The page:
- Companies have been known to claim 80+ without having passed testing, and companies have been known to send "golden samples" to 80+ that are not indicative of a unit available for an end user to purchase.
 

Sonny

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Is the ambient temp the same as the operating temp of a PSU? I am not commenting on testing done at 45°C ambient temp BUT I'm sure a PSU with an appreciable amount of load will be hitting 45°C internaly.
 

Sonny

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Maybe I wasnt being clear or I am misunderstanding this. Like a CPU the ambient temp is not the same as its operating temp, unlike a CPU there are numerous components to a PSU that do not operate at the same temp. How do you tell what the actual operating temp is then?
 
OP
Evilsizer

Evilsizer

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Maybe I wasnt being clear or I am misunderstanding this. Like a CPU the ambient temp is not the same as its operating temp, unlike a CPU there are numerous components to a PSU that do not operate at the same temp. How do you tell what the actual operating temp is then?

to me the operating temp of a psu is that of the vregs.. other parts will run hotter then the vregs so higher temp rated parts a must IMO.
 

Sonny

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Would it be fair to average out the readings of multiple components to give us an operating temp then? What would be the delta to ambient readings?
 

cyberfish

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May 23, 2008
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I don't see there's anything wrong with this. 80+ just means the efficiency is > 80% under the specified conditions. It's like saying Intel shouldn't label a chip at a certain clock speed because it can't achieve that speed at half the voltage and twice the temperature.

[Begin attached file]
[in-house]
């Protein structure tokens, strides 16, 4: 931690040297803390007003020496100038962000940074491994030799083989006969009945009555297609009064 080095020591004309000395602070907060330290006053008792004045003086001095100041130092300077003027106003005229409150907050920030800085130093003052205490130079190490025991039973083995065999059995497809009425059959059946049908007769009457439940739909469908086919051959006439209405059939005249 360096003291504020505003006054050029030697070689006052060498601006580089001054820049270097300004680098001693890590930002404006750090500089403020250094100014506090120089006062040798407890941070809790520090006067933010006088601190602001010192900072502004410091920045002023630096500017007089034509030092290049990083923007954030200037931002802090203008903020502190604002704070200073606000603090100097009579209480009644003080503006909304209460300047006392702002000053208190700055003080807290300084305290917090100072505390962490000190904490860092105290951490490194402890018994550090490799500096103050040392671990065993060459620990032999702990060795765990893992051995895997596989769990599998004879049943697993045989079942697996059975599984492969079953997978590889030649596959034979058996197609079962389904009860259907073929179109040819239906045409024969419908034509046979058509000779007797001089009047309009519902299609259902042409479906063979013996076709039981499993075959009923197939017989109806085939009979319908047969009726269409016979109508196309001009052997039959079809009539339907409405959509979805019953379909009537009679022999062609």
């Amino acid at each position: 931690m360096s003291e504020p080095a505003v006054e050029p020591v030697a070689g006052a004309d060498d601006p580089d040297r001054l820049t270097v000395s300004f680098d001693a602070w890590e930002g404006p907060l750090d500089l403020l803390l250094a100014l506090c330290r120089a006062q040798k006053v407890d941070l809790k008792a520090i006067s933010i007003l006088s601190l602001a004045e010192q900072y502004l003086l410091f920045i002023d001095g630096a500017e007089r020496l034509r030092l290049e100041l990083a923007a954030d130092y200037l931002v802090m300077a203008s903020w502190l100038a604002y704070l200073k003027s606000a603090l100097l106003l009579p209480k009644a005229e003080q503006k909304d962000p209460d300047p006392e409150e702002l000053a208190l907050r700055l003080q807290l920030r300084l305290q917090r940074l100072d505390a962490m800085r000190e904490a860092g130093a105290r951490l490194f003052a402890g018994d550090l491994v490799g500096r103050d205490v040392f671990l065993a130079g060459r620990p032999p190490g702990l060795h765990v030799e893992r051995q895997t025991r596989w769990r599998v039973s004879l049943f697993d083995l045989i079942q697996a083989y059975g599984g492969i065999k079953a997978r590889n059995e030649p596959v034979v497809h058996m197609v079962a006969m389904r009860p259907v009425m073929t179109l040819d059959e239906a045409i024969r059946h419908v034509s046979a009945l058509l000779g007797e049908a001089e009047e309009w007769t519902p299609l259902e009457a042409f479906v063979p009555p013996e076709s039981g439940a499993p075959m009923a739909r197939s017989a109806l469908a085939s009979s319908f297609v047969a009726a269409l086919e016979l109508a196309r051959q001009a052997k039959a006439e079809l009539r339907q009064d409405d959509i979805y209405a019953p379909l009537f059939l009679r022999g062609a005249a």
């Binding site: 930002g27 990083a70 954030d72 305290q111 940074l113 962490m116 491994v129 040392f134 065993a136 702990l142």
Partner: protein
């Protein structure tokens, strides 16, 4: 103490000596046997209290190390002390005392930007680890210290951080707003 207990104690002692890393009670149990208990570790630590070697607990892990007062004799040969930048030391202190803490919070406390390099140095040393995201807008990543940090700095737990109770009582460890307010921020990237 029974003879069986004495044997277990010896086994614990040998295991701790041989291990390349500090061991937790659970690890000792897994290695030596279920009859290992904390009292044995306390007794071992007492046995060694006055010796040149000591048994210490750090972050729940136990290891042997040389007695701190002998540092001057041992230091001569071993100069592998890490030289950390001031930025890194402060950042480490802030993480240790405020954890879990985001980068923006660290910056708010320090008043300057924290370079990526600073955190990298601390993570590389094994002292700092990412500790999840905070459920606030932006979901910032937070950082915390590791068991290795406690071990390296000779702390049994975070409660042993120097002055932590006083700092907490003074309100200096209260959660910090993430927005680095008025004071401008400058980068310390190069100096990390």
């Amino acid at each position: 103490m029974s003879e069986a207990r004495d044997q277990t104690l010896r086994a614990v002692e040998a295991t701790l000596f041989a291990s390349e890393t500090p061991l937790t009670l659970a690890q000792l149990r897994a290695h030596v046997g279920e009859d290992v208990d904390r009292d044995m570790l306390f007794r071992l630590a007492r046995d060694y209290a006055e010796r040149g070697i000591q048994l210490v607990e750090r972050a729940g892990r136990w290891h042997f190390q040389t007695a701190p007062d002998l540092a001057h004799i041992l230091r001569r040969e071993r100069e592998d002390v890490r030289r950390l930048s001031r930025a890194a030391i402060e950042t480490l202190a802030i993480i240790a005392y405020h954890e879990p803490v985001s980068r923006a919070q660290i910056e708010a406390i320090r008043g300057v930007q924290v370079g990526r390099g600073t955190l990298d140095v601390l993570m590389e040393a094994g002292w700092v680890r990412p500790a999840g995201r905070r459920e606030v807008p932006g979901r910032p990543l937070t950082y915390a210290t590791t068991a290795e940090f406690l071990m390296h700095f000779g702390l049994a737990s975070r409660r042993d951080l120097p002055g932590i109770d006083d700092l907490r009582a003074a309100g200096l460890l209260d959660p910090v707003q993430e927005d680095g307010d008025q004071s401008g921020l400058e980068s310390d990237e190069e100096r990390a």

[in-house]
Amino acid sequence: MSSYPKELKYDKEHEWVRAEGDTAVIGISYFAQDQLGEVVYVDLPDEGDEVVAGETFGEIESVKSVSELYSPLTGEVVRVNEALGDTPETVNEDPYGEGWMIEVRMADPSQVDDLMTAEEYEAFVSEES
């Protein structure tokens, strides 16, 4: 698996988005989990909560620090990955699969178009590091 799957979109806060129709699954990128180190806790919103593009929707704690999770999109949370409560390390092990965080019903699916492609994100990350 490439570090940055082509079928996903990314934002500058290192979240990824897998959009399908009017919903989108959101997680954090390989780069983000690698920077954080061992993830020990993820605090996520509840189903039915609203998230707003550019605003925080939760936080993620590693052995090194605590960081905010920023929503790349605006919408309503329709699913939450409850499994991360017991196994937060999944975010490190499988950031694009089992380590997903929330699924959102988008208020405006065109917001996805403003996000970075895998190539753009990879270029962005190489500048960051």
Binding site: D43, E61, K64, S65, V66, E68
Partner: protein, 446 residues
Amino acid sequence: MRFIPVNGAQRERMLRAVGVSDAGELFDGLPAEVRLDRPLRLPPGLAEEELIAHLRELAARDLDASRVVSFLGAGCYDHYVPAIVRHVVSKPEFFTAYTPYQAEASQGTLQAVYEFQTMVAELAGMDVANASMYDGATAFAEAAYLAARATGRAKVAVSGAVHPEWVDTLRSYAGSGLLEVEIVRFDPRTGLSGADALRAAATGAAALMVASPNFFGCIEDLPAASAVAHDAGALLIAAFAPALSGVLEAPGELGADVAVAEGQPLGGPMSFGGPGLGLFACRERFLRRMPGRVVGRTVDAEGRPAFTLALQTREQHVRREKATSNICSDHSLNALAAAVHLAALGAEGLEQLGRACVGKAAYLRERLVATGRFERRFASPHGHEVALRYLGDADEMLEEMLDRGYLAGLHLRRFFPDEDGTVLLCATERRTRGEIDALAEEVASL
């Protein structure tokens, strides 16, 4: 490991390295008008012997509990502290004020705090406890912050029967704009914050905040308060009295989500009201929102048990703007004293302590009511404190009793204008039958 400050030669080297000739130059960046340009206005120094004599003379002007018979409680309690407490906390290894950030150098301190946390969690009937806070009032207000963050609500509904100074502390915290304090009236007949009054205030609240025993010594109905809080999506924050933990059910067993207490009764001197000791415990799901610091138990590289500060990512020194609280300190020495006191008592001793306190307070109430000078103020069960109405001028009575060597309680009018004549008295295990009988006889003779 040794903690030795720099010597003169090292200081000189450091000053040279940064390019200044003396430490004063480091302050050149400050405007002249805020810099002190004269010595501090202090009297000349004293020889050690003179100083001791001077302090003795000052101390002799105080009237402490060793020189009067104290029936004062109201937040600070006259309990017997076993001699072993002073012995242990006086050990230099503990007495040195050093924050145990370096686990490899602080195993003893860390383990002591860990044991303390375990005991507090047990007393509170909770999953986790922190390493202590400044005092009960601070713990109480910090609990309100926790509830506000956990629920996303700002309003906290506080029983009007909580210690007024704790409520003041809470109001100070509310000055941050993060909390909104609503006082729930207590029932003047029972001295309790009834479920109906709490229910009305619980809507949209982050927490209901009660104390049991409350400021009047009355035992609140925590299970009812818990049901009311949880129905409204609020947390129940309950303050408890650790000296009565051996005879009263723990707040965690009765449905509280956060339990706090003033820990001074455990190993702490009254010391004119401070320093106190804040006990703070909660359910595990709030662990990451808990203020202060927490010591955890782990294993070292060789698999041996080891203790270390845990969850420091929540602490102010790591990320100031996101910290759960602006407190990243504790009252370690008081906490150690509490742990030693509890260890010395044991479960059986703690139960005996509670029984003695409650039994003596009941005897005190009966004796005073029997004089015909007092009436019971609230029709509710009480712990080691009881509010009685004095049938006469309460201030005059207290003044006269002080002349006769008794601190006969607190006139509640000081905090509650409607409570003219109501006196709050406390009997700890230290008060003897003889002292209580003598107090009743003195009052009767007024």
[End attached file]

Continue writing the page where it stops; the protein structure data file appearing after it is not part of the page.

Intel only guarantees the rated speed at the rated voltage and the rated temperature, just like how they guarantee 80% at the rated ambient and other conditions.
 

Oklahoma Wolf

Senior Warranty Validity Sealed Stick Remover
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Mar 18, 2003
How do you tell what the actual operating temp is then?

There is no one single operating temp for a PSU. Best you can do is monitor the exhaust temp.

The ambient temp rating on a PSU is for the temperature of the environment the unit is installed into. If it's 50, that means the OEM has carefully designed it so the internal components don't fry when the incoming air is 50 degrees.
 

RollingThunder

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There is no one single operating temp for a PSU. Best you can do is monitor the exhaust temp.

The ambient temp rating on a PSU is for the temperature of the environment the unit is installed into. If it's 50, that means the OEM has carefully designed it so the internal components don't fry when the incoming air is 50 degrees.

I'b be about ready to pass out with 50 C incoming ambient while I was reaching for a cold Sam Adams. :)
 

Sonny

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There is no one single operating temp for a PSU. Best you can do is monitor the exhaust temp.

The ambient temp rating on a PSU is for the temperature of the environment the unit is installed into. If it's 50, that means the OEM has carefully designed it so the internal components don't fry when the incoming air is 50 degrees.

Thanks for explaining:beer:
 

CompuTamer

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I'b be about ready to pass out with 50 C incoming ambient while I was reaching for a cold Sam Adams. :)

let's say you put your comp in the middle of a desert, and then it's 40C 104F in that desert... your comp'll probably heat the air up to around 50C 122F

Though this is all highly unlikely lol
 

Neuromancer

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50C was the industry standard for PSU for a long time. Check out jonnyguru.com for those that pass 80+ cert in hotbox scenarios.

In industrial settings, 50C is not unheard of. When you are making PCBs for instance, the boards go through an oven and that oven is in the same room as the PCs that are driving it.


As for PC cases, those that slide their towers into a desk, know that heat can build up quick, and not everyone is as savvy as the members here to figure out an overheating problem.

50C in a case is ridiculous to us, not to most though.